Light , Gesture, & Color

In Books, Influences, Study the Masters by David15 Comments

   The first, and only time, I met Jay Maisel, he asked what kind of photography I did. At the time I was busy with humanitarian assignments and I told him so. He looked me in the eye, having just met me, and said, “You mean people pay you to do that? You’re an evil man.” And then he laughed. …

Study the Masters: Margaret Bourke-White

In Study the Masters by David3 Comments

At the Time of the Louisville Flood (1937)   Gandhi (1946) “If you want to photograph a man spinning, give some thought to why he spins. Understanding for a photographer is as important as the equipment he uses.” –Margaret Bourke-White “Utter truth is essential and that is what stirs me when I look through the camera” –Margaret Bourke-White. Margaret Bourke-White …

Study the Masters: Elliott Erwitt

In Study the Masters by David3 Comments

USA, California, 1955 USA. 2000.New York city. “It’s about reacting to what you see, hopefully without preconception. You can find pictures anywhere. It’s simply a matter of noticing things and organizing them. You just have to care about what’s around you and have a concern with humanity and the human comedy.” – Elliott Erwitt Elliott Erwitt (1928 – present) is …

Study the Masters: Galen Rowell

In Study the Masters by David6 Comments

Winter sunset, Gates of the Valley, Yosemite National Park (California, 1990) Split rock and cloud, Eastern Sierra (California, 1976) “Photography was a means of visual expression to communicate what I had seen to people who weren’t there. At first I was disturbed that 99 percent of my images didn’t look as good as what I had seen. The other one …

Study the Masters: Ansel Adams

In Study the Masters by David6 Comments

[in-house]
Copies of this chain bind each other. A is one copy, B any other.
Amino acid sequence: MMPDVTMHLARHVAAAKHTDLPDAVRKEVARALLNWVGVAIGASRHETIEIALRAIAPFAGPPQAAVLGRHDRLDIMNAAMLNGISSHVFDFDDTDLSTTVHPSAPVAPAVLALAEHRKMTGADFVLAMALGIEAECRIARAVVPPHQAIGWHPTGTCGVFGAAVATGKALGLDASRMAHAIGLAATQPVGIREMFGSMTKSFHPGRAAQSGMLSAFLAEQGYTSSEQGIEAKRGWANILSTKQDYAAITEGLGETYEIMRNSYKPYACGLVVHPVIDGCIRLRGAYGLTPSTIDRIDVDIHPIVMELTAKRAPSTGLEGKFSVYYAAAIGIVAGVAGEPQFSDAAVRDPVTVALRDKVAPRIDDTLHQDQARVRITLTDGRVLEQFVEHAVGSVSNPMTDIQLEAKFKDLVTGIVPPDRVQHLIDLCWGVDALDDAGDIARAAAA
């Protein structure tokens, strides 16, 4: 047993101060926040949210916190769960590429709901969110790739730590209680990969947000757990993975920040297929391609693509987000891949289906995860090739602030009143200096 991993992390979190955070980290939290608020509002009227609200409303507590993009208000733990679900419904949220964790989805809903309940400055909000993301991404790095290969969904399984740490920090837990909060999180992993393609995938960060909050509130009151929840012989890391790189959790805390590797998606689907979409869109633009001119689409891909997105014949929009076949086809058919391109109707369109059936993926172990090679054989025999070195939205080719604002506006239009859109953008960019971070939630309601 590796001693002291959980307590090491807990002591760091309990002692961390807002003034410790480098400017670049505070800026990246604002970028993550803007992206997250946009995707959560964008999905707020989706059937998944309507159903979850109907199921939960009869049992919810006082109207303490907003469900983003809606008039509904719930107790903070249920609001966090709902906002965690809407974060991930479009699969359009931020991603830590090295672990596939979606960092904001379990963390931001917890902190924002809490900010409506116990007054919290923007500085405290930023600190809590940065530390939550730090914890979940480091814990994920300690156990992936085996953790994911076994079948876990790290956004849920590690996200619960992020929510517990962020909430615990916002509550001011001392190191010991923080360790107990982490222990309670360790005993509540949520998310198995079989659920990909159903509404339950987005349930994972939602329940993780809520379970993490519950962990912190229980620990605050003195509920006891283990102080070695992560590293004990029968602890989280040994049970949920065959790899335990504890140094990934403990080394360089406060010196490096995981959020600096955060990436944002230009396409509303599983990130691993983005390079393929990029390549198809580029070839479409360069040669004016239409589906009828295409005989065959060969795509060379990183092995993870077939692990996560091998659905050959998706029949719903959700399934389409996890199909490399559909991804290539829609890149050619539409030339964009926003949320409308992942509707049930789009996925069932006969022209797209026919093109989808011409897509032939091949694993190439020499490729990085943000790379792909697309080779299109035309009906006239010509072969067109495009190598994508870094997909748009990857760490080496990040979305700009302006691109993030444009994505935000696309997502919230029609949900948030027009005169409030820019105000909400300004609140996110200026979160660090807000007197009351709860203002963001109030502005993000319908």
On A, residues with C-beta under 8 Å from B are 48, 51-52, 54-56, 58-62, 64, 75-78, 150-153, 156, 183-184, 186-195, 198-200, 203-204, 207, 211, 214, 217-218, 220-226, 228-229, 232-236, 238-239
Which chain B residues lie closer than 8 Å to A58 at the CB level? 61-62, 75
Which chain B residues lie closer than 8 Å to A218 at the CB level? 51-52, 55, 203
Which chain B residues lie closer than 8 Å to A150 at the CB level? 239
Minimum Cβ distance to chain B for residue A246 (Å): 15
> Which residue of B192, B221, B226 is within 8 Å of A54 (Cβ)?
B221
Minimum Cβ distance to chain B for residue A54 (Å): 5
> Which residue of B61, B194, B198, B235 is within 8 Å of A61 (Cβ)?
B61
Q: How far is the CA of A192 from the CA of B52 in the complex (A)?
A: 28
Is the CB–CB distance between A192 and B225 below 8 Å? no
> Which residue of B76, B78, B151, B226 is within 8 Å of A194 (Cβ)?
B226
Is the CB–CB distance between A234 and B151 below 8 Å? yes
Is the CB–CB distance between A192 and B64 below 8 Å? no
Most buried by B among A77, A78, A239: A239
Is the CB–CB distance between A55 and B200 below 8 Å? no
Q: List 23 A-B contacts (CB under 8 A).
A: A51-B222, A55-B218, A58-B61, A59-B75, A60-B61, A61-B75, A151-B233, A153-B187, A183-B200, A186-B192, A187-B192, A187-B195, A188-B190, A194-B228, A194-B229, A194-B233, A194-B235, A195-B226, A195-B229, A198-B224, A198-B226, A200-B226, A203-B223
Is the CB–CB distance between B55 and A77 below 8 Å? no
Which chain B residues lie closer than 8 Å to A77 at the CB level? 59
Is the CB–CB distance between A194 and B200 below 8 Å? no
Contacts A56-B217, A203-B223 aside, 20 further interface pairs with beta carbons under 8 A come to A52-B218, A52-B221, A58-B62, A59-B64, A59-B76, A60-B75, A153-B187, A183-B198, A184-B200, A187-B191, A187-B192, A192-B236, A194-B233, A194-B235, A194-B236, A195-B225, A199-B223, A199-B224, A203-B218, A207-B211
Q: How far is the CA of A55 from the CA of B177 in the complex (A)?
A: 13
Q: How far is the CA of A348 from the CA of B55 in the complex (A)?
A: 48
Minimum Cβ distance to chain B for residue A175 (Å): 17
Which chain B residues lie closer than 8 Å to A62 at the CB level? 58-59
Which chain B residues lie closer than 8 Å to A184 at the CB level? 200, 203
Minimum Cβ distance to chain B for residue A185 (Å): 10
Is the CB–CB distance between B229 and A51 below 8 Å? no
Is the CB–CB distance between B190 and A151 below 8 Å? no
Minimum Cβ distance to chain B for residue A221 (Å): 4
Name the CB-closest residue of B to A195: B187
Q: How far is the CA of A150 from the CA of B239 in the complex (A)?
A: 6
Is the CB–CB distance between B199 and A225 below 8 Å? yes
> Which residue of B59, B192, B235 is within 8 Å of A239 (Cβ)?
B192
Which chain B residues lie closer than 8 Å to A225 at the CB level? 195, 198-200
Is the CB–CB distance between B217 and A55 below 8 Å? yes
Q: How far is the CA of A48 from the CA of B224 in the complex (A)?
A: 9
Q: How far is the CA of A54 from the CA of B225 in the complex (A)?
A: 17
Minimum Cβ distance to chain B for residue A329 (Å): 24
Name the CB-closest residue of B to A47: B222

Monolith, The Face of Half Dome, Ansel Adams. “I had been able to realize a desired image: not the way the subject appeared in reality but how it felt to me and how it must appear in the finished print” When I started this series I knew I was going to have to write about Ansel Adams (1902-1984). People …

Study the Masters: Edward Burtynsky

In Study the Masters by David2 Comments

Thjorsá River #1Iceland, 2012, copyright Edward Burtynsky “We took what we needed from the Earth and this is what we left behind. That is the informational layer of my work, but there is also a political layer and an autobiographical one.” Edward Burtynsky (1955 – present) is still very much alive and working today. One of Canada’s most respected photographers, …

Study the Masters: Magnum

In Books, Resources, Study the Masters by David7 Comments

When Robert Capa conceived of Magnum Photos I suspect he had no idea what it would become. Founded in 1947 by Capa and Cartier-Bresson, among several others, Magnum has become a rallying place for excellence in photojournalism. Notable members over the years include Ansel Adams, Dorothea Lange, Eve Arnold, Steve McCurry, Elliott Erwitt, Ernst Haas, Don McCullin, W. Eugene Smith, …

Study the Masters: Vivian Maier

In Study the Masters by David7 Comments

Unless you’ve been hiding in a cabin in the woods, there’s a better than none chance that you’ve heard about Vivian Maier (1926-2009), the reclusive nanny who lived and worked – and photographed – in Chicago for most of her adult life. Her work never saw the light of day until discovered serendipitously by a collector, John Maloof, when he …

Study the Masters: Dorothea Lange

In Study the Masters by David5 Comments

Dorothea Lange (1895-1965) was an American photographer best known for her photojournalism in the Great Depression, and notably known for the image above, Migrant Mother. An early documentary photographer, Lange’s work in the depression was done primarily on behalf of the American Farm Security Administration (FSA). Later covering the forced relocation of Japanese Americans, in post-Pearl Harbour America to internment …

Study the Masters: W. Eugene Smith

In Influences, Study the Masters by David0 Comments

W. Eugene Smith (1918-1978) was an American photojournalist with an uncanny sense of timing and humanity. Often credited as the father of the photo-essay, Smith began his career making photographs for papers in Wichita, Kansas, before eventually moving on to Newsweek, then Life, which he eventually left over an argument about how they used his images of Albert Schweitzer, after …